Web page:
- Back in the early 1900s because of prejudice and racial discrimination, black entertainers had to be very careful where they traveled. They weren't always welcome in various venues, so they created what's called a Chitlin Circuit. They named it Chitlin Circuit because of blacks typical love for soul food with chitlins being near the top as favorite. So, in other words, they understood they would be love on the circuit. They knew that the clubs, juke joints, theaters, etc. in the circuit were welcoming of the black race and safe to visit. This way of life existing from the early 1900s - 1960s. Noted theaters and entertainers on the circuit included:
The Fox Theatre in Detroit; the Victory Grill in Austin, Texas; the Carver Theatre in Birmingham, Alabama; the Cotton Club, Small's Paradise and the Apollo Theater in New York City; Robert's Show Lounge, Club DeLisa and the Regal Theatre in Chicago; the Howard Theatre in Washington, D.C.;the Royal Peacock in Atlanta; the Royal Theatre in Baltimore; the Uptown Theatre in Philadelphia; the Hippodrome Theatre in Richmond, Virginia; the Ritz Theatre in Jacksonville, Florida; and The Madam C. J. Walker Theatre on Indiana Avenue in Indianapolis.
Early figures of blues, including Robert Johnson, Son House, Charley Patton, and countless others, traveled the juke joint circuit, scraping out a living on tips and free meals. These entertainers provided much-needed joy and happiness for black folks. Once the band's gig was over, they would leave for the next stop on the circuit. Sounds like a lot of fun and an exciting life!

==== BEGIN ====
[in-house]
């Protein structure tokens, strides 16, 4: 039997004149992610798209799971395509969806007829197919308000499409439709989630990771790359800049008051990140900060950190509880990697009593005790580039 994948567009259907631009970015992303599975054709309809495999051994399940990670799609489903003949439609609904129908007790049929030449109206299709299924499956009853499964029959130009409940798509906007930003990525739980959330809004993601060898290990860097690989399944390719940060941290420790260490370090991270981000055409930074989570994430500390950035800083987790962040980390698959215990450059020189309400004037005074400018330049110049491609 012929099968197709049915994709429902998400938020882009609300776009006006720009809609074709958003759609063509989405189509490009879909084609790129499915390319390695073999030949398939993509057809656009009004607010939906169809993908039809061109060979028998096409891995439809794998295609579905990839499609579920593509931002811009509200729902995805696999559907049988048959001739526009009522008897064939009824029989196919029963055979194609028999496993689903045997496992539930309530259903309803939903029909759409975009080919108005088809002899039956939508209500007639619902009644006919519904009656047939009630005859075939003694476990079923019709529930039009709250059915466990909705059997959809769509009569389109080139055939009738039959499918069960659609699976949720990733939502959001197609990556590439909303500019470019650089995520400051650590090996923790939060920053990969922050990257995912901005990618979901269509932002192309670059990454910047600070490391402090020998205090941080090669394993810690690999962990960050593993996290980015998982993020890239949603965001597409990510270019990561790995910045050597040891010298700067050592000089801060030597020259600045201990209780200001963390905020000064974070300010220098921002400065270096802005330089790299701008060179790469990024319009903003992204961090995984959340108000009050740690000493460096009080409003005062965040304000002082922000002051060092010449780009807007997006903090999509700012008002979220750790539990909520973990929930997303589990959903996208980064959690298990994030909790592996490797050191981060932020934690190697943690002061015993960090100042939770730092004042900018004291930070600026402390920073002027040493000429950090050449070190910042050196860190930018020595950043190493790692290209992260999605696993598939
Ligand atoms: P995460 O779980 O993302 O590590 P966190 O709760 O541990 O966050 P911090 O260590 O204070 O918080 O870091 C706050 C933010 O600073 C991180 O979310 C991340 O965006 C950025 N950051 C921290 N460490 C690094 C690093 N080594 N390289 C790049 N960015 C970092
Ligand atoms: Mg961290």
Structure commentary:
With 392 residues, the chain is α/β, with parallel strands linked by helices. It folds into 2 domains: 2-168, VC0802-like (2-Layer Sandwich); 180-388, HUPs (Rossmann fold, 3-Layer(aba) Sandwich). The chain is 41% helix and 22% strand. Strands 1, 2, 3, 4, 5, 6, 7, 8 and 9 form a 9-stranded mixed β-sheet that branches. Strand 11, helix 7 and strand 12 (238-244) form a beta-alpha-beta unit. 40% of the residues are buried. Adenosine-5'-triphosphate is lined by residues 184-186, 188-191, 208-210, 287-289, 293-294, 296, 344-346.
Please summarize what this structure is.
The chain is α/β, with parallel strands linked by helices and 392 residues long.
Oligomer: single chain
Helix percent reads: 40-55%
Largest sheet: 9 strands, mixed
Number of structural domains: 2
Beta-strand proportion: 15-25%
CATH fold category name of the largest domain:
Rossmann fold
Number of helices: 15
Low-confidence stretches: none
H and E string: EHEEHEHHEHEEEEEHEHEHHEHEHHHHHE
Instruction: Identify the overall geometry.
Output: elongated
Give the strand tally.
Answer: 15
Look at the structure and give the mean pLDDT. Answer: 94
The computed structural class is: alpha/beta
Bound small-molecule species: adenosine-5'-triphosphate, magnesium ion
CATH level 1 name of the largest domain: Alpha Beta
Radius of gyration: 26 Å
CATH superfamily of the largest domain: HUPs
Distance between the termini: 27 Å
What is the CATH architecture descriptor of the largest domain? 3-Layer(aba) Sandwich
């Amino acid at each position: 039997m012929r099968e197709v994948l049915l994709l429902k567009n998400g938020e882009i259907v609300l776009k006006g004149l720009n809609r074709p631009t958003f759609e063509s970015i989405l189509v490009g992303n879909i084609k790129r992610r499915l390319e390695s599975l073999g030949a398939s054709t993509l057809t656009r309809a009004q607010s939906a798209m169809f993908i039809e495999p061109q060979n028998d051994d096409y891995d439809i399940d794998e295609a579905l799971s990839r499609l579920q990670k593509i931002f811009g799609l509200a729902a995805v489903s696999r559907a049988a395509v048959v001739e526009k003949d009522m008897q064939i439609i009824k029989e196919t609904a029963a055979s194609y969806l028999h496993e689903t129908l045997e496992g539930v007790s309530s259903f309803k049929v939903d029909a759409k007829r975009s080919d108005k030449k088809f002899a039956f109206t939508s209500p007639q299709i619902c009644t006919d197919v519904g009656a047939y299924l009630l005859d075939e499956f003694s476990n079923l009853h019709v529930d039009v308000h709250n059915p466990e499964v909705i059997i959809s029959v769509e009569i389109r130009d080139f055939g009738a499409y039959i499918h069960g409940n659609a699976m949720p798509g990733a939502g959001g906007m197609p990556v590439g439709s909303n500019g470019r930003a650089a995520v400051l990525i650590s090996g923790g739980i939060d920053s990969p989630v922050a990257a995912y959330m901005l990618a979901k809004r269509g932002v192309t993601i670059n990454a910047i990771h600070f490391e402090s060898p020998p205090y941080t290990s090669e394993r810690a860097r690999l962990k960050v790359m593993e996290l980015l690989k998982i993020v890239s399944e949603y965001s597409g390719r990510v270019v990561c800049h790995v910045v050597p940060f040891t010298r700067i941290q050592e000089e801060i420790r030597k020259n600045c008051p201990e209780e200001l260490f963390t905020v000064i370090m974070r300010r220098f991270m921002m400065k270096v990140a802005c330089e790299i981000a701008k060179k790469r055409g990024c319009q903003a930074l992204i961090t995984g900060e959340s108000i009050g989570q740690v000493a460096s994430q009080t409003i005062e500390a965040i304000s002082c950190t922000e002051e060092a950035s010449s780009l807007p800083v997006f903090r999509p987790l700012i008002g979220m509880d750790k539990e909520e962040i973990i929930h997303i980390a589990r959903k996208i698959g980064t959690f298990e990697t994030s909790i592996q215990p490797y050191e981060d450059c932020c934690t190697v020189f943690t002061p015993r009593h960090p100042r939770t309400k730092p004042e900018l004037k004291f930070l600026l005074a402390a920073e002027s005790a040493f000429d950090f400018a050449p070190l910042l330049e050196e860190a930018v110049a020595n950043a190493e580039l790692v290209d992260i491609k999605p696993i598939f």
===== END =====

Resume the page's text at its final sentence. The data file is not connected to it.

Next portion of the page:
Many notable performers worked on the chitlin' circuit, including Patti LaBelle, Count Basie, Hammond B-3, Jeff Palmer, Sam Cooke, Jackie Wilson, Sheila Guyse, Peg Leg Bates, The Supremes, George Benson, James Brown & The Famous Flames, Cab Calloway, Ray Charles, Dorothy Dandridge, Sammy Davis, Jr., Gladys Knight & the Pips, Ella Fitzgerald, The Jackson 5, Redd Foxx, Aretha Franklin, Jimi Hendrix, Billie Holiday, John Lee Hooker, Lena Horne, Etta James, B.B. King, The Miracles, Donna Hightower, Moms Mabley, The Delfonics, Wilson Pickett, Richard Pryor, Otis Redding, Duke Ellington, Dr. Lonnie Smith, Little Richard, Ike & Tina Turner, The Four Tops, Tammi Terrell, The Isley Brothers, Marvin Gaye, The Temptations, Little Anthony and the Imperials, Muddy Waters, Flip Wilson and Jimmie Walker.
Jitterbugging in Negro juke joint,
Saturday evening, outside Clarksdale, Mississippi
An African American couple dance the jitterbug in front
of a crowd. Los Angeles California.
Fun At The Beach?
The Negro has historically been excluded from every aspect of American life and success, but what about the public beaches, was he made to feel unwelcome there also?
In a word. HELL YEAH. I'm sorry, that's two words.
If a Negro and his family attempted to visit a public beach, he would be met with sure violence from whites.
It wasn't until after the Civil Rights protest in the 60s that the fight for equal access to public accommodations made it illegal to exclude the Negro.
One popular beach that blacks congregated was in Southern California. It was called "Ink Well" for obvious reasons. It served the black community very well.